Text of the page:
Walker XL 5x7...5x4 Any experiences?

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Tom Stanworth

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Just wondering if anyone has had any experience of these. My personal angle is this. I own an Ebony RSW45 and I love it (dearly), but there is a problem. I am getting into commercial architecture.....and the camera has no swing. I therefore need a camera with swing. If I bought an SW45 it would fulful this. However for the same money I could get a walker XL 5x7. I could get a reducing back for 5x4 and kill 2 birds with one stone? If I had the money for a 5x7 non folding ebony, then I would not hesitate (assuming that it compressed well enough), but they are over 2x the cost of the walker. If the walker with 5x4 back and bag bellows would offer good movements with 65mm lenses and up, I'm interested. If being a 5x7, it struggles to go this short, it is no good to me. If I can get a 5x7 that is great for 5x4 architecture too, then great, as I have the bigger neg for my personal mono work if I wish....and cannot take a huge 10x8.........With 300mm plus extension, it would also allow longer lenses than I can use now. My longest is an Ektar 203 and I have needed that 300mm on a few occassions. Unfortunately keeping the Ebony would not be an option and other kit would have to go to finance such a move in any case. Shame as the Ebony is so lovely........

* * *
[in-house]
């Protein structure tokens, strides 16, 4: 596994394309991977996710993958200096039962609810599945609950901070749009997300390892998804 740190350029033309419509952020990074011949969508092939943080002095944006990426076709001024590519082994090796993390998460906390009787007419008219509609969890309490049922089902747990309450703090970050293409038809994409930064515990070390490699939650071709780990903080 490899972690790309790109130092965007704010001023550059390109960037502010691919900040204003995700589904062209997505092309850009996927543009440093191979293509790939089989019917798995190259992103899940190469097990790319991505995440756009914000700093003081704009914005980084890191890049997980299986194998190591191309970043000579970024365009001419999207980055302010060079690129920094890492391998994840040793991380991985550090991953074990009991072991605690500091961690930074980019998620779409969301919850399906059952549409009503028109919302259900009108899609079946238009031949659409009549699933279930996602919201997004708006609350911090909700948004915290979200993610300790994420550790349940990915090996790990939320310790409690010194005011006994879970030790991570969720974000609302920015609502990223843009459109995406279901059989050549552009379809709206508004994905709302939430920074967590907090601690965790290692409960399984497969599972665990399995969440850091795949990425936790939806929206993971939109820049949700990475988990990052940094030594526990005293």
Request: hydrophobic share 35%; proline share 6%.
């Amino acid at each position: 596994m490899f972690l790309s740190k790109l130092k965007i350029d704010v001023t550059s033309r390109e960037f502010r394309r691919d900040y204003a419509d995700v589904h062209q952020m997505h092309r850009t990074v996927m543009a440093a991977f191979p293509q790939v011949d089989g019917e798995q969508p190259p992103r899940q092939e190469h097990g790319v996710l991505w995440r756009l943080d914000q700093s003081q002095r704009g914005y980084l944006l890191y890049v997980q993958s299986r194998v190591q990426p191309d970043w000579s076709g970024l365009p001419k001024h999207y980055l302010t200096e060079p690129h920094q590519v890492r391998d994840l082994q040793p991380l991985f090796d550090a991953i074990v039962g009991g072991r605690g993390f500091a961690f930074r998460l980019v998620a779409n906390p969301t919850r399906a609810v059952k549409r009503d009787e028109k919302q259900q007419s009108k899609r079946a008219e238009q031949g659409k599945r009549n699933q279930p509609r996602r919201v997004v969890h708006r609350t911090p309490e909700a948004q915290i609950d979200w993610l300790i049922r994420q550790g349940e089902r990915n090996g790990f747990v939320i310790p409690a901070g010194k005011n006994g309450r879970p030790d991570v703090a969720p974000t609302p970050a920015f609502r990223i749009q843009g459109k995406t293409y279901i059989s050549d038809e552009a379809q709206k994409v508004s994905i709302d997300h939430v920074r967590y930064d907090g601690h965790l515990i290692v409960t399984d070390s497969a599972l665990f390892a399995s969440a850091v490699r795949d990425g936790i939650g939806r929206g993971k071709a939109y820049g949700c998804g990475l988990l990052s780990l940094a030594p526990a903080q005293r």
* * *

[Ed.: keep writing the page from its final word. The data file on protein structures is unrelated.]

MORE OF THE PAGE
The Walkers seem seriously robust and well thought out and hopefully as rigid as my Ebony. I guess that ABS would not be like nicely oiled ebony wood tho......I also realise they are not light (3Kg for the 5x7)

Thought/comments?
 

Bill Hahn

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Two questions you should ask

First of all, there is an earlier thread in this forum asking about the Walker Titan 4x5.

I own both a Walker Titan SF and a Walker XL 4x5...but I'm much more familiiar with the former. They are sturdy cameras which really lock down rigidly for focus, and I like them very much.

But here are two questions you should ask:

The XL doesn't have any rear movements (the back standard is rigid).
Are you comfortable doing architectural photography without any rear
movements?

I would verify that 300+ extension on the XL. Without movements, I
couldn't get anywhere near that on my XL (which of course could be
an earlier model).

I assume you're familiar with www.walkercameras.com; perhaps you
ask Mike Walker what movements you need to achieve the 300+ extension
on the XL. (Of course, I only use my XL with a 90mm lens, so I've never
tried for maximum bellow extension. It's quite possible that I'm overlooking something simple - it wouldn't be the first time!)
 
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Tom Stanworth

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The xl 5x4 has about 180mm extention, the 5x7 just over 300mm according to their website. I think I would be happy without rear movement. Not perfect, but I dont think one needs it much. I agree that a monorail would be more flexible, but much, much slower and with less suitability for field use. I need a double hatter, esp if my 5x4 field would be parted with!